top of page
  • Writer's pictureJeff Cazeau


Updated: Feb 9, 2021

In late 2011, the Small Business Administration (SBA) rolled out the Women Owned Small Business (WOSB -link to FAQ's) and Economically Disadvantaged Women Owned Small Business (EDWOSB) Programs. It had taken over a decade to realize an idea that had been first authorized by Congress in 2000. At the time, we, along with many of our clients, were very happy to see the new program come to fruition. However, shortly after the program began we noticed that where one door had opened another had closed. Specifically, in 2012, we started seeing increased scrutiny and outright denials our clients’ applications for 8(a) certification based on gender alone. When the following paragraph appeared in one of our client’s denial letters it was clear what had happened – – the creation of the WOSB program had closed the door on women applying for 8(a) certification. Please note that SBA has a Woman Owned Small Business (WOSB) contracting program where women are considered socially disadvantaged and do not have to meet the “preponderance criteria”. For more information and application procedures please visit You do not need to apply for 8(a) in order to take advantage of the WOSB program. Along with that statement, the SBA provided a memo entitled “Preponderance of the Evidence” which details what kind of evidence a woman needs to provide in order to get 8(a) certification. In the SBA’s Preponderance of the Evidence Memo, they state the following regarding what types of evidence can be used to assist in meeting the burden of proof: Documentary evidence which corroborates or supports assertions made by an owner regarding specific incidents of a pattern of discrimination. Such documentation includes these items:

  • Personnel Records

  • Payroll Records

  • Rejection letters on job applications

  • Denials of credit application

  • Documents relating to rejected contract offers, i.e., bid abstracts, solicitations, etc.

  • Contemporaneous records memorializing meetings, conversations, negotiations, telephone calls, etc.

  • Documents setting forth company policy(ies) which are alleged to be discriminatory.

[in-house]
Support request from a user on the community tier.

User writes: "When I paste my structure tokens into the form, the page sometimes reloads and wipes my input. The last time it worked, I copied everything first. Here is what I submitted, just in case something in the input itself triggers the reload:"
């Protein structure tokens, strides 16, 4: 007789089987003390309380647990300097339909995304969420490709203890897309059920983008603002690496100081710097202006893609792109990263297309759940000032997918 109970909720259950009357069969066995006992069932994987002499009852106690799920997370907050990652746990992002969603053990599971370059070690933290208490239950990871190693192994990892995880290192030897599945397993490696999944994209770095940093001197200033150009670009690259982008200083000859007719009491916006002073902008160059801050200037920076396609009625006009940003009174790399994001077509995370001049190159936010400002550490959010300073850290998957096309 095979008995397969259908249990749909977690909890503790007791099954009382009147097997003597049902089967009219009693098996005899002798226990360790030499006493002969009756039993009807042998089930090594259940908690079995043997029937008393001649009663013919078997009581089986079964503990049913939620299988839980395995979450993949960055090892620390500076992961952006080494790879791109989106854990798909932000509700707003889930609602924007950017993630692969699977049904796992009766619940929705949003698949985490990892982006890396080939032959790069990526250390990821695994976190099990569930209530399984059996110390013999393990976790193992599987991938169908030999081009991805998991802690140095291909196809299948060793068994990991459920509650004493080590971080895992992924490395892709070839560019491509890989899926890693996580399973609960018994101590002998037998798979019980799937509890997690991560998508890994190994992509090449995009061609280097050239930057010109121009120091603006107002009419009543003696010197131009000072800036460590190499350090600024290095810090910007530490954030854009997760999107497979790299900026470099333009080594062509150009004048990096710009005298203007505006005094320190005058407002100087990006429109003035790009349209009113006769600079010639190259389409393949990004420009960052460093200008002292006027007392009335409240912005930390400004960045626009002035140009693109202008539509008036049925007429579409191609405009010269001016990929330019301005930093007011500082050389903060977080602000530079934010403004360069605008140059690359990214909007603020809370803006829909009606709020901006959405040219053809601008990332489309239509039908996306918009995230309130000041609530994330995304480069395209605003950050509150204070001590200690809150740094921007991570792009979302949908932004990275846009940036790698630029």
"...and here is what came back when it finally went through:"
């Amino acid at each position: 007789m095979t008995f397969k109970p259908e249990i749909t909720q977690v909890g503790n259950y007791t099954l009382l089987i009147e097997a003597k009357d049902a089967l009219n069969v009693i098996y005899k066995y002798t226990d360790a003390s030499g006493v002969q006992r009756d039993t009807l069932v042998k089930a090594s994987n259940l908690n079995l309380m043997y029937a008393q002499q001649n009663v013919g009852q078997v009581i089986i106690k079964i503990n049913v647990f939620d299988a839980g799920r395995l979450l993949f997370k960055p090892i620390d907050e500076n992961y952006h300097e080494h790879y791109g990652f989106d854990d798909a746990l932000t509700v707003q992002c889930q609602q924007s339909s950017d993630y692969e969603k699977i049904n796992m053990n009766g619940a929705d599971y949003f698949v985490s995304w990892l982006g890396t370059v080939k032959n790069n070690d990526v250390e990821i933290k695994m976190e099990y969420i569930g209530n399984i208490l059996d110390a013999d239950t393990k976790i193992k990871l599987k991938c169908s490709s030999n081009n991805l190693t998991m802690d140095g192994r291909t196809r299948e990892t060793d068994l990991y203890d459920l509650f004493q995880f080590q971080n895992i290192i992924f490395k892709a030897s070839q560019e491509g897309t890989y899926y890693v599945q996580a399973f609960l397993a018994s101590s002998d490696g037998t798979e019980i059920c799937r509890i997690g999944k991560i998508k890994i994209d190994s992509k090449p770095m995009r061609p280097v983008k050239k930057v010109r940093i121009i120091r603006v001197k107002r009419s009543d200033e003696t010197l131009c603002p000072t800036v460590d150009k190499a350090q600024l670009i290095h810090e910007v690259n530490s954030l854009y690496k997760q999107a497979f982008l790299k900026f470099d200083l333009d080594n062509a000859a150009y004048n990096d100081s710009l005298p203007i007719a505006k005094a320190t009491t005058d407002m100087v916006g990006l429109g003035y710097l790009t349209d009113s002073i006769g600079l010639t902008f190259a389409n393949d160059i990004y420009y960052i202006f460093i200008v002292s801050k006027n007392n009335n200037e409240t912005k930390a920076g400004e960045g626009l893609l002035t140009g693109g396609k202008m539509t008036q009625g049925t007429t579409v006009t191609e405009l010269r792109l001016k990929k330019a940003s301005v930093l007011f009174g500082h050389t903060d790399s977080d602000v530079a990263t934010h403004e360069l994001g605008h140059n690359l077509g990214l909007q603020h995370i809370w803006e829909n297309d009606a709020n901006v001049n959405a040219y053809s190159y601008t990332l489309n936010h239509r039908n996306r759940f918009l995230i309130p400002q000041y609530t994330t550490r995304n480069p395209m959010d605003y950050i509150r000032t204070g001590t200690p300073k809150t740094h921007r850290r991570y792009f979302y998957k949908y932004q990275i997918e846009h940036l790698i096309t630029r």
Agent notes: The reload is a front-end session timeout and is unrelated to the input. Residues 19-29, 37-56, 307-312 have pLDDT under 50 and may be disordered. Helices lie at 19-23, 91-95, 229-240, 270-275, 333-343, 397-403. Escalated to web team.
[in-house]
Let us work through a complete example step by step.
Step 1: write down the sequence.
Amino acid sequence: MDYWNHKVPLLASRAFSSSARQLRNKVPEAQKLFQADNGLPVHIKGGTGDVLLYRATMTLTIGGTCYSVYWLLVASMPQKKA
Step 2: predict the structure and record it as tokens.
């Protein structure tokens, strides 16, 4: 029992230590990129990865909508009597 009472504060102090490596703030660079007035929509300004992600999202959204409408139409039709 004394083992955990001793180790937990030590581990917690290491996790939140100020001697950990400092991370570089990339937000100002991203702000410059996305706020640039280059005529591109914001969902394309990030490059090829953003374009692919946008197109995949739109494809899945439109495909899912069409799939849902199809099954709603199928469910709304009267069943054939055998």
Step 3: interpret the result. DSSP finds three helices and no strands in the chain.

There’s only one problem with the SBA’s statement – in our opinion, it’s completely wrong! To understand why the SBA is wrong, I have to go into a discussion of some legal terms. In the legal field there are three standards of proof. The highest standard of proof is “beyond a reasonable doubt”, which you may have heard about in the criminal law context. Beyond a reasonable doubt means you have to convince the person making the decision that there is no chance that what you are trying to prove is wrong. The reason this standard is used in the criminal context is because people’s lives are at stake and we, as a society, want to make sure that there’s no chance or very little chance that we are convicting the innocent. The next standard of proof is “clear and convincing”. In layman’s terms clear and convincing means that your word is not enough. There must be other documented proof to support the thing you are trying to prove. Finally, there is the “preponderance of evidence” standard. It is the lowest standard requiring the least amount of proof. An uncorroborated sworn statement meets the preponderance of the evidence standard. Here’s the problem. What the SBA has done is make it harder for women to obtain 8(a) certification by raising the standard of proof from a “preponderance of the evidence” to “clear and convincing” evidence. What makes this particularly disturbing is that the regulations used to require a preponderance of evidence. However, this was specifically changed to clear and convincing evidence by Congress. As a result of the SBA’s stance we no longer recommend that clients apply for certification based on gender alone unless they can show by clear and convincing evidence that they have been discriminated against. We know that some of our competitors have raised their fees to handle gender based 8(a) certifications. Others continue to claim that the can get women-owned businesses 8(a) certified. Based on our experience, we know that it’s just not that easy. If you have a question about whether your women-owned firm qualifies for 8(a) certification, give us a call.


bottom of page